The “Gift” of a Toddler’s Gab
Few things make a parent more proud than hearing their child’s first words. And few things make a parent more embarrassed than hearing their child yelling certain words at the top of their lungs in public. Always — in public. Always — at the top of their lungs.
Our two-and-a-half-year-old daughter is normally shy and quiet around other people, mumbling hellos and preferring to stare at the ground as if it holds the key to a lifetime supply of M&Ms. Unless, that is, she is struck with a thought sure to mortify me, in which case she sheds her shyness and grabs her imaginary bullhorn to bellow:
“I WANT TO EAT MOMMY’S BUTT!
This, out of the blue, in the middle of Target. It’s not only embarrassing, but it’s also quite weird. People turn and stare, obviously appalled to find out we’re a butt-eating kind of family. I put on my best “Where do kids GET these things, anyway?” smile and gently shake my head at Skylar.
WHAT I SAY: “Oh, silly, you know you don’t eat butts!”
WHAT I THINK: “Don’t you?”
Skylar laughs, encouraged by my smile.
“I EAT DADDY’S BUTT! AND DREW’S BABY BUTT!”
There it is: we’ve been established as a butt-eating crew among Target’s hosiery department customers. No amount of “my kid is crazy” smiling and eye-rolling is going to negate that now, especially as my 11-month-old son, who thinks everything his big sister says and does is hysterical, communicates his approval with a fit of laughter. Sure, I get that saying “butt” is hilarious to a toddler — and grown men — and talking about consuming butts…? Well, let’s face it, that’s pure comedy gold. Nonetheless, I don’t think I’ll be welcome to shop at Target again unless I wear a good disguise. Or a “Don’t Worry, Our Family Has Given Up Butt-Eating for Lent” t-shirt.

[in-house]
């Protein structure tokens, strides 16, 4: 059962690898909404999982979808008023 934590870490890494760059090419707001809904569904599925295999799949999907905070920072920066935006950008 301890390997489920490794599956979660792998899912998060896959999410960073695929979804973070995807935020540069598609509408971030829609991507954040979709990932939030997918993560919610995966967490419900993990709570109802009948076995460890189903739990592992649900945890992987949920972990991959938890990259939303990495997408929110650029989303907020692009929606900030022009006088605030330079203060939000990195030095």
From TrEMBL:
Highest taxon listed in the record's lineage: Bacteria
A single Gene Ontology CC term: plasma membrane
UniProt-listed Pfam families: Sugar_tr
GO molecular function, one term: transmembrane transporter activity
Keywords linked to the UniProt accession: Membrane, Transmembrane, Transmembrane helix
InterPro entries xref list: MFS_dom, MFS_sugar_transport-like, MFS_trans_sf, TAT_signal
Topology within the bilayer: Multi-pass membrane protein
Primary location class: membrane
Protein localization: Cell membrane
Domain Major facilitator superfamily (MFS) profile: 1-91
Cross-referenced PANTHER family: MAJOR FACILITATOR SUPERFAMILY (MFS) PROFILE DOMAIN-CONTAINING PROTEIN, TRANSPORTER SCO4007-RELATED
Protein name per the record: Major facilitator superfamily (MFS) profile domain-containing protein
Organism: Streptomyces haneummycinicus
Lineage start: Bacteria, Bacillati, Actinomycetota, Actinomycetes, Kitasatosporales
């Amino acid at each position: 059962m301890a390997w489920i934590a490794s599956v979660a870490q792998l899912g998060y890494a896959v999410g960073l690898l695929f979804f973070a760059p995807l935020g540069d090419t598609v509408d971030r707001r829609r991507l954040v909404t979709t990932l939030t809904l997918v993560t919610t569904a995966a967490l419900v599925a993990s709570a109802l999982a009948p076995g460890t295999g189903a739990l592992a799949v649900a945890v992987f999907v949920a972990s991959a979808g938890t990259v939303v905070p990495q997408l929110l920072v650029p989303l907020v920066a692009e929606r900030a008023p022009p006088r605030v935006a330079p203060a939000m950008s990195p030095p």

The embarrassment of the butt-eating incident, however, pales in comparison to what Skye did at daycare the other week. There I am, holding the baby and trying to have an earnest conversation with her teacher, when that child ducked under my dress, poked at my underwear and yelled: “I SEE YOUR VAGINA!” Oh yes, she played the VAGINA card. In public. At the top of her lungs. I mentally surveyed my options: a) ignore her, thereby prompting her to yell it over and over again until I finally react; b) laugh at her, thereby encouraging her to yell it again for additional laughter; c) ask “whose weird child is this?” and run the heck out of there; or d) distract her with a more appropriate topic of preschool conversation, such as butt-eating.
Before I could decide on the most harmless course of action, I began laughing uncontrollably. I couldn’t help it. And you know what that meant: more “VAGINA!” exclamations and laughter from Skye (and, thus, Drew). I tried to continue conversing with Skye’s teacher about developmental milestones, squirming and giggling and trying to rid myself of the persistent child under my dress. But there came a point at which I had to just pick option “c,” grab my weird child and run the heck out of there.
Being the generous girl that she is, Skye likes to spread the embarrassment around, telling a group of sun-averse people yesterday that they were “SILLY!” for using umbrellas when it wasn’t raining. Thankfully, the “silly” folks were Russian and elderly and did not speak much English, so they just smiled and nodded at my daughter, mistakenly believing she was being friendly. Their silence only inspired her to shout even more loudly:
“MOMMY! LOOK AT THEM! SILLY PEOPLE! UMBRELLAS! THEY CRAZY!”
Being the good mother than I am, I knew just how to handle the situation.
“You’re right. They are crazy,” I nodded.
Because as a mother, embarrassment is all relative — and, as any credible parenting book will tell you, better to have your child call a bunch of people crazy, and keep her attention focused on that, than announce she is hungry for mom butt. Especially if those crazy people don’t speak English.